Running these with tubes, too. Normally a Spacy has wheels with these cool 90 degree valve stems, but they’re a hard to get size and I was impatient. Problem is you gotta find tubes with 90 degree stems, and they are a prick to fish through the valve hole in the rim. I first bought straight valves thinking I could just use 90 degree adapters to fill them. That works on the front with the disc but the back with the drum? No chance.
That’s a preview of the disc work to come 🙂 but that’s what they look like assembled (with a straight valve and adapter for filling). Awesome. I did swap to 90 degree valve stems later.
Front wheels needed new seals (along with bearings). Speedo drive seal is part 91258-KM1-004, front wheel seal 90754-GC8-005. Front bearings 6201-2Z (or -ZZ) from any bearing place. Note that means they come with the awesome metal seals for lower drag. If you want longer lasting rubber seals, 6201-2RS.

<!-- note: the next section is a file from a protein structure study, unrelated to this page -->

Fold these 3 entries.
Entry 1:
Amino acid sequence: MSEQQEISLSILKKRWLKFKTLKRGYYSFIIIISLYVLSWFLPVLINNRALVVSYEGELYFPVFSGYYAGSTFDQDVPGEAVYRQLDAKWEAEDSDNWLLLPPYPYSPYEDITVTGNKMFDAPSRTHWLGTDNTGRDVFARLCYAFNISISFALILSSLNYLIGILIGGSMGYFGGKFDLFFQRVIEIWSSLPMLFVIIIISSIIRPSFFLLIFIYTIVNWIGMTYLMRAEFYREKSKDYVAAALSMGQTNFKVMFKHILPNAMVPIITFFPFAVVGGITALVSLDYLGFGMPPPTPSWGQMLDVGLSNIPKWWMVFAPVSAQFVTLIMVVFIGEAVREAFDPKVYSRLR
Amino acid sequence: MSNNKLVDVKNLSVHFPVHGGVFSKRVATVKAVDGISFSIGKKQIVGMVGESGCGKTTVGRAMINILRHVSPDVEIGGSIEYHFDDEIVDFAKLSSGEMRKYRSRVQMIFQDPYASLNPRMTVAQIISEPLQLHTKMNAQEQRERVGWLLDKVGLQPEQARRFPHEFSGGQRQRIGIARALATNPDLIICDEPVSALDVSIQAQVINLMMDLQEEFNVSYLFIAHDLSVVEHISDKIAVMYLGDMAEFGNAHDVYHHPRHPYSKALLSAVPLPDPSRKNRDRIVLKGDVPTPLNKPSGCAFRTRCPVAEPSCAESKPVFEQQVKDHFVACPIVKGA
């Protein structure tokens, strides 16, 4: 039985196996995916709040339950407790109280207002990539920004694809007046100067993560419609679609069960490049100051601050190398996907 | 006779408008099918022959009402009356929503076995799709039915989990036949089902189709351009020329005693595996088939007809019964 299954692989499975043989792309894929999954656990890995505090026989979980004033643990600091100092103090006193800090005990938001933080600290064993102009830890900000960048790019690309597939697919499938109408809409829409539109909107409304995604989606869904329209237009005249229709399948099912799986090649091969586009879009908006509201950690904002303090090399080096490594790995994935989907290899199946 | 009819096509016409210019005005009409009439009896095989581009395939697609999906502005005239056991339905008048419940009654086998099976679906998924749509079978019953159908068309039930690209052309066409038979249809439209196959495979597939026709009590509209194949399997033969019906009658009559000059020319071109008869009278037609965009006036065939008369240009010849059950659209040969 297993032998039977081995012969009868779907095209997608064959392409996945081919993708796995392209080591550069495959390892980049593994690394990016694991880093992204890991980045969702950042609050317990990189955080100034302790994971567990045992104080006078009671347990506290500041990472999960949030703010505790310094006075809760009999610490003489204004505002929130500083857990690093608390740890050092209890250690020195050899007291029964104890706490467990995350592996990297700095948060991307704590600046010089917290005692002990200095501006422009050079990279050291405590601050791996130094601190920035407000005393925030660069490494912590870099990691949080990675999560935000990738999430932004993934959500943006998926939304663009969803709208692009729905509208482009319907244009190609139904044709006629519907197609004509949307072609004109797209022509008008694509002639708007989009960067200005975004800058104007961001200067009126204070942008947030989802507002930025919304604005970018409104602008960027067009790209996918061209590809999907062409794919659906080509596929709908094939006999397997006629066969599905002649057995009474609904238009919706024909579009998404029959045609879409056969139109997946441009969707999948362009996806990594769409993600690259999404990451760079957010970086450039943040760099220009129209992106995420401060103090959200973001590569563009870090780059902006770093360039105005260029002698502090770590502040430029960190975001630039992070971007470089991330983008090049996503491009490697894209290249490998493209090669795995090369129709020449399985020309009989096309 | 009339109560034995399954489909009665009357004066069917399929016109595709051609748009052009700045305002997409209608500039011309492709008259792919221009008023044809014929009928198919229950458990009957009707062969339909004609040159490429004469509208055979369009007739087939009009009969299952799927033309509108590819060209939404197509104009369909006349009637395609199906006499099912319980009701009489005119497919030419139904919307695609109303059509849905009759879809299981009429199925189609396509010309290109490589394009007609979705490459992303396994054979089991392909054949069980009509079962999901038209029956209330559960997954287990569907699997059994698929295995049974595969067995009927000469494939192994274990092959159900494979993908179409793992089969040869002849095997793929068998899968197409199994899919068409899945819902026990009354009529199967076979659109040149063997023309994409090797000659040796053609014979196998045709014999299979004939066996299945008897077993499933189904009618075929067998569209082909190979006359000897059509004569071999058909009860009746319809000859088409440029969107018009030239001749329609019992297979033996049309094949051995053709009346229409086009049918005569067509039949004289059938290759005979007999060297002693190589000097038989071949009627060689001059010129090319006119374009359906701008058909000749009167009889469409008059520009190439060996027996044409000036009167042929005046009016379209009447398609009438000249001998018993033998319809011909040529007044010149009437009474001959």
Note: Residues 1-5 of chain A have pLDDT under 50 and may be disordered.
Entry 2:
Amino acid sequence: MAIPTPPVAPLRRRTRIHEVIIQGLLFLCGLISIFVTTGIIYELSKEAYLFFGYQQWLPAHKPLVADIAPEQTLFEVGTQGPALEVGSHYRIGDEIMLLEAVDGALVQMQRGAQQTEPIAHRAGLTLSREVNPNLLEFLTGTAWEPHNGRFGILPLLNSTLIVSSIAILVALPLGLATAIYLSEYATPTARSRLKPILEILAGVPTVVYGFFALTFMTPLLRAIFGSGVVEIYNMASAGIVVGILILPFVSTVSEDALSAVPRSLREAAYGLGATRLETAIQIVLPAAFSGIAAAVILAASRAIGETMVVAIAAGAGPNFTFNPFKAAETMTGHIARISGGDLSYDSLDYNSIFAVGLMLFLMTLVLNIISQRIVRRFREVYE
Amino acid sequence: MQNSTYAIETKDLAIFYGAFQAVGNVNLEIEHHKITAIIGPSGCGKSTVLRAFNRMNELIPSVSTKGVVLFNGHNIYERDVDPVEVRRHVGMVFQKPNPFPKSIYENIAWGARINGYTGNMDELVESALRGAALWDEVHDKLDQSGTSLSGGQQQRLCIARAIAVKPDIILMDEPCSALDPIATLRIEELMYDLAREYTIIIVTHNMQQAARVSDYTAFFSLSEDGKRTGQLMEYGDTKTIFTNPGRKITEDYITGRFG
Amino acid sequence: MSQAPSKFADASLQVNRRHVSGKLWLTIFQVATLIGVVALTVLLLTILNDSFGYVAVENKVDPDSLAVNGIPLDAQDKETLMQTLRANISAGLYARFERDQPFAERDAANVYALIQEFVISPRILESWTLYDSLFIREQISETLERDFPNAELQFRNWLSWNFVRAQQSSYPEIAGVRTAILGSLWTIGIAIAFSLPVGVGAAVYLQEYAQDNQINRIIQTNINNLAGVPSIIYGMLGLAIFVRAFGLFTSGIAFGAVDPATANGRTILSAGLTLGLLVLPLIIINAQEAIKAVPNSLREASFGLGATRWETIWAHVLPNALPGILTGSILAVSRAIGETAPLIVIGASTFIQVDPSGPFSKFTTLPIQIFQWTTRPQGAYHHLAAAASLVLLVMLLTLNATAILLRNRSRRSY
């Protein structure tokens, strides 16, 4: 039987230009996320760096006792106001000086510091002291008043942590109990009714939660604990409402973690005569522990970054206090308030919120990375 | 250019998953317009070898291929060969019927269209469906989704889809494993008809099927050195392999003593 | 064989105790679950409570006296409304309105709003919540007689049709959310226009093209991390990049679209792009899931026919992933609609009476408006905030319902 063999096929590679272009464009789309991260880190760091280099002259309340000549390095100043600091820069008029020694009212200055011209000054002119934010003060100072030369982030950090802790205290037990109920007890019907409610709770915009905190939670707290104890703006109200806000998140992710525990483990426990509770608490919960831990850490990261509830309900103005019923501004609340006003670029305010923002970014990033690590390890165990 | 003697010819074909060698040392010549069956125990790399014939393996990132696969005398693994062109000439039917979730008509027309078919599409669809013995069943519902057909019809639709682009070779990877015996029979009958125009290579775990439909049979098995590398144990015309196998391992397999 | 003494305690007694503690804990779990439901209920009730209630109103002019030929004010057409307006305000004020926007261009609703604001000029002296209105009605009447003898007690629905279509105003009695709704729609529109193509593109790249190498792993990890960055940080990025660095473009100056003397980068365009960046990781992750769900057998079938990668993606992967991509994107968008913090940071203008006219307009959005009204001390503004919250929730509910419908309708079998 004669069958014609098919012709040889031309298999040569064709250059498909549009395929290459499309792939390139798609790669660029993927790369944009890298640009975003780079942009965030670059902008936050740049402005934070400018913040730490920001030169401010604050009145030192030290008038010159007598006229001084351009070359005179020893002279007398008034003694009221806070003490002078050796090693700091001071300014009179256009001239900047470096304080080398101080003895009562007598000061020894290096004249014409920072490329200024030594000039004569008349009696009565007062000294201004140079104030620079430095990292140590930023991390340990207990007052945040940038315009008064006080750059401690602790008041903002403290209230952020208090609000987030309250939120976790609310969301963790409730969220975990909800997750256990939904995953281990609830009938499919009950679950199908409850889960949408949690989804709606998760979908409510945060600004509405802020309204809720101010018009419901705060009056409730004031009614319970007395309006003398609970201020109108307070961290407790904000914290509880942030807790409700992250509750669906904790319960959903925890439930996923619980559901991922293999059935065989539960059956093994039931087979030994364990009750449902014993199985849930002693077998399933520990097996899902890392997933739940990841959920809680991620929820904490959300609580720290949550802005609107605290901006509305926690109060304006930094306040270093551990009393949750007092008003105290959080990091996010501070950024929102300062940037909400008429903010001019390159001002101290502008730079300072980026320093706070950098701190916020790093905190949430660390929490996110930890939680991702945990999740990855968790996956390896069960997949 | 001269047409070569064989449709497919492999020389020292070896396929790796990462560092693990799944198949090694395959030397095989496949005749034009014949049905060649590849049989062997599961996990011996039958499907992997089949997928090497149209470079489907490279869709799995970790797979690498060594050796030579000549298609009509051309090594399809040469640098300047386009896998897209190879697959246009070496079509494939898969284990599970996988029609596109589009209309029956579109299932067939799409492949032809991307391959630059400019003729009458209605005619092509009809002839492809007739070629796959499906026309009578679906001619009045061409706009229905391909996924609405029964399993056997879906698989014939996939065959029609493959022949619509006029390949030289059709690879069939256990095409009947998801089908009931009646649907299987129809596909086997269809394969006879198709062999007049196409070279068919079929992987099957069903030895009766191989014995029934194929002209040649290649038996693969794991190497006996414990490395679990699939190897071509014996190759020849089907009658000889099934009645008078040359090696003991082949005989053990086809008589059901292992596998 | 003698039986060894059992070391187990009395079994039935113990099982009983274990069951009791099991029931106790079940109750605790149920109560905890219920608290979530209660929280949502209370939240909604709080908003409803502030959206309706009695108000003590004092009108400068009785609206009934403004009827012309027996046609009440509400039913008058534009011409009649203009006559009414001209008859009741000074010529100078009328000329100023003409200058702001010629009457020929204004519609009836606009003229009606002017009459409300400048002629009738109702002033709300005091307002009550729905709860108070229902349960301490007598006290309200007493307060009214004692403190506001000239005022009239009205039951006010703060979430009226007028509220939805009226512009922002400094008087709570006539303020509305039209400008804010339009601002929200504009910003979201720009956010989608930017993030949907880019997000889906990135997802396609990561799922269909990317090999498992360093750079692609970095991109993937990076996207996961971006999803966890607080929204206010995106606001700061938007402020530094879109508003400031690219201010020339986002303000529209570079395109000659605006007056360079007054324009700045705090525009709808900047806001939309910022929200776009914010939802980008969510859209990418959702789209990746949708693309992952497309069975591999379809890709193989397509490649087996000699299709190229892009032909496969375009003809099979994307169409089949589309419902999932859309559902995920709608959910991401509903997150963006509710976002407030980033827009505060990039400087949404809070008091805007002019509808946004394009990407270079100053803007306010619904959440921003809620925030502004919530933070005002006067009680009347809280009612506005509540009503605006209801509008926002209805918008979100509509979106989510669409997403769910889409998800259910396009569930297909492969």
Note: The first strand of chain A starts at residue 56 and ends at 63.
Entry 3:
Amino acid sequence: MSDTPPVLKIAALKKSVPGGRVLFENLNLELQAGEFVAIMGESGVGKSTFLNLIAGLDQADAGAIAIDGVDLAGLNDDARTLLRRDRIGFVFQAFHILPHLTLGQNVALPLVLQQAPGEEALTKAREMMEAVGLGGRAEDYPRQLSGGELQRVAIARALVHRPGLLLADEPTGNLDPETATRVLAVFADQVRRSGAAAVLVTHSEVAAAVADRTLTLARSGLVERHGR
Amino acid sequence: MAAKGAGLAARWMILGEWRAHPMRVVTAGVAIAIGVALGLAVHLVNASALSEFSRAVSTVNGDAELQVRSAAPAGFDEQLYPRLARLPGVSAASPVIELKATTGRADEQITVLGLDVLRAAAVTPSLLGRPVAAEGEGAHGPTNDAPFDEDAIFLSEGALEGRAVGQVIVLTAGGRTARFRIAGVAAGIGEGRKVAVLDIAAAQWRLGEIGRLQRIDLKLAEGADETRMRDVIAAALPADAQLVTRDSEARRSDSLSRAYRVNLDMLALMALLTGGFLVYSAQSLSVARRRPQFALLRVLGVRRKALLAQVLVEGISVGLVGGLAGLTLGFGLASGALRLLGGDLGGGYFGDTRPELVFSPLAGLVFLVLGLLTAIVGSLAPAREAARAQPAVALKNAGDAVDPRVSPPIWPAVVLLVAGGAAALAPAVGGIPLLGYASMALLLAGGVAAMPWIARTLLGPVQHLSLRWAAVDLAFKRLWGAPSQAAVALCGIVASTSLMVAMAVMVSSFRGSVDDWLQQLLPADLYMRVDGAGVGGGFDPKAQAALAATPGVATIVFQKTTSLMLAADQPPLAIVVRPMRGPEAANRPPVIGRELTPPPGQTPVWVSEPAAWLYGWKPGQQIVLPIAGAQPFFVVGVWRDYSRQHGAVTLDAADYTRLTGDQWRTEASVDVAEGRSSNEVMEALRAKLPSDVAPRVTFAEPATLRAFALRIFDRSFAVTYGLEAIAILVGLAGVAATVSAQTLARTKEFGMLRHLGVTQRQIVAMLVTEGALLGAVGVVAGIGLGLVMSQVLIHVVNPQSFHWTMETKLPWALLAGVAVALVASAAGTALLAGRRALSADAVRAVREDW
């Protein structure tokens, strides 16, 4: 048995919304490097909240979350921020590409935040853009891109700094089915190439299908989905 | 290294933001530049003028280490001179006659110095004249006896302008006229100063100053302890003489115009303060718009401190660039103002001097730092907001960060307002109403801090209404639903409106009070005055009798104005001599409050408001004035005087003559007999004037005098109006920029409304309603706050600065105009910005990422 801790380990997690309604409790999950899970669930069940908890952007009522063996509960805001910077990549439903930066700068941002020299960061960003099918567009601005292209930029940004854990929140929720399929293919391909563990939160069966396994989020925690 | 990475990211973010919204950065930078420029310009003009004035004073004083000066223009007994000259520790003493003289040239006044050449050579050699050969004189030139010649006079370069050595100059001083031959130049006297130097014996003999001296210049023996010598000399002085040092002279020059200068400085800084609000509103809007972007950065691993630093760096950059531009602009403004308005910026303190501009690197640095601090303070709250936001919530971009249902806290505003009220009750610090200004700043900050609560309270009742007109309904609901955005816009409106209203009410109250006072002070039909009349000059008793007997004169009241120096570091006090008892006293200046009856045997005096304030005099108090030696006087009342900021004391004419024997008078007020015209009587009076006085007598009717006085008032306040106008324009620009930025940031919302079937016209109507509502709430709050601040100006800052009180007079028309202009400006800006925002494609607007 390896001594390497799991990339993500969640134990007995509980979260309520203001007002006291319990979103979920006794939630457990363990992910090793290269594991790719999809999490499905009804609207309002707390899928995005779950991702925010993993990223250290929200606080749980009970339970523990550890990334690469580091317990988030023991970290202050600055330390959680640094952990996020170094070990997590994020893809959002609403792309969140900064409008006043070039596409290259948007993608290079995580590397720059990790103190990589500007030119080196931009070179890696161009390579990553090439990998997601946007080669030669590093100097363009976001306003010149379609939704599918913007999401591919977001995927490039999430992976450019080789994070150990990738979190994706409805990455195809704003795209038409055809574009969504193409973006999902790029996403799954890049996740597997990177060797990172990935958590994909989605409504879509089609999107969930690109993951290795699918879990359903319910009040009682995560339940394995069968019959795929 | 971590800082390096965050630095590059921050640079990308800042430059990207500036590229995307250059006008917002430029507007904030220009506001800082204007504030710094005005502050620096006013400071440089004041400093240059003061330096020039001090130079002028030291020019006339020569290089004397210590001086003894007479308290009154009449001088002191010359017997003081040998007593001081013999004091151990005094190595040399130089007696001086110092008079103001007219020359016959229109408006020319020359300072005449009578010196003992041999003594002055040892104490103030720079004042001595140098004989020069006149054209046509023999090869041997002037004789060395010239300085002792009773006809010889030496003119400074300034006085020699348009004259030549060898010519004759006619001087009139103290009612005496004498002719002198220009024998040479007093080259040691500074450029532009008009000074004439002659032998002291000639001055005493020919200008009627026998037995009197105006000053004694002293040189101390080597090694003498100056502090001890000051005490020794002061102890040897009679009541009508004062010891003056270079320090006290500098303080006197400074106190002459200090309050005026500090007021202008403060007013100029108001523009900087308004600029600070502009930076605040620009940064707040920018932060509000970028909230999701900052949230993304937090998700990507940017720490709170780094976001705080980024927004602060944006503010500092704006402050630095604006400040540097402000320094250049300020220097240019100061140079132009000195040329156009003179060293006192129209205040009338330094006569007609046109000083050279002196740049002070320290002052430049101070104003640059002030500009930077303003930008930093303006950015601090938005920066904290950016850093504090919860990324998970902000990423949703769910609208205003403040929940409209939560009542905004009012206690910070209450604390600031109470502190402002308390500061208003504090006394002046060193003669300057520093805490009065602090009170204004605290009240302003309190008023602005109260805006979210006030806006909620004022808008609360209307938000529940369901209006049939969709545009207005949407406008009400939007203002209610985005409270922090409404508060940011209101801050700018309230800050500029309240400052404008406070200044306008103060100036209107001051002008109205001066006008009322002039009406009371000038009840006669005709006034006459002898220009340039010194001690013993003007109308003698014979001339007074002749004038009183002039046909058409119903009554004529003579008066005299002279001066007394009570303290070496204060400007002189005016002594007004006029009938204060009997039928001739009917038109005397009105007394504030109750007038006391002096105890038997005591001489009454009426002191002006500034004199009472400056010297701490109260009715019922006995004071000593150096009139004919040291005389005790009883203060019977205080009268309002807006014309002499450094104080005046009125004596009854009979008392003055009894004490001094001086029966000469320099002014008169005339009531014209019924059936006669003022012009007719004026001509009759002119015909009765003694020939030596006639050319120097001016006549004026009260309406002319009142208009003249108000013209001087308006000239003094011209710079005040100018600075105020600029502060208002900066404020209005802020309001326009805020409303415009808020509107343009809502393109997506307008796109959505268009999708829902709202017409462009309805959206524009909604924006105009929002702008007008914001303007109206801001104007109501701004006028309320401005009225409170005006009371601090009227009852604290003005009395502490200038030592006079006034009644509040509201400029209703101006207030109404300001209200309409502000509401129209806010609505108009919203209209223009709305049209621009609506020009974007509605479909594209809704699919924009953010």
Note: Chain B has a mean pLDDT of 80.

In the bike they just fit, too. 120/90-10 is a bit wider than a 4.00-10, and the tyre juuuuust rubs on the suspension link arm for the anti-dive with the disc arrangement. I believe the different linkage means they’d completely clear the front drum suspension arrangement for the overseas reader.
I had a bit of help fitting the 90 degree valve stem tubes.
The back clears everything excellently. I was actually more worried about the rear fitment, but it fits just fine with the shocks, rear mudguard etc.
Brakes and suspension
Oh the suspension was bad. The ‘fork’ arrangement with the trailing link setup was hugely rusty, although the rear swingarm was also unhappy. Lots of oxy and impact driver time to get everything apart.
Initial startup indicated there was a massive horrendous noise from the back end – probably why Kevin was parked up, in fact – so the suspension work started there.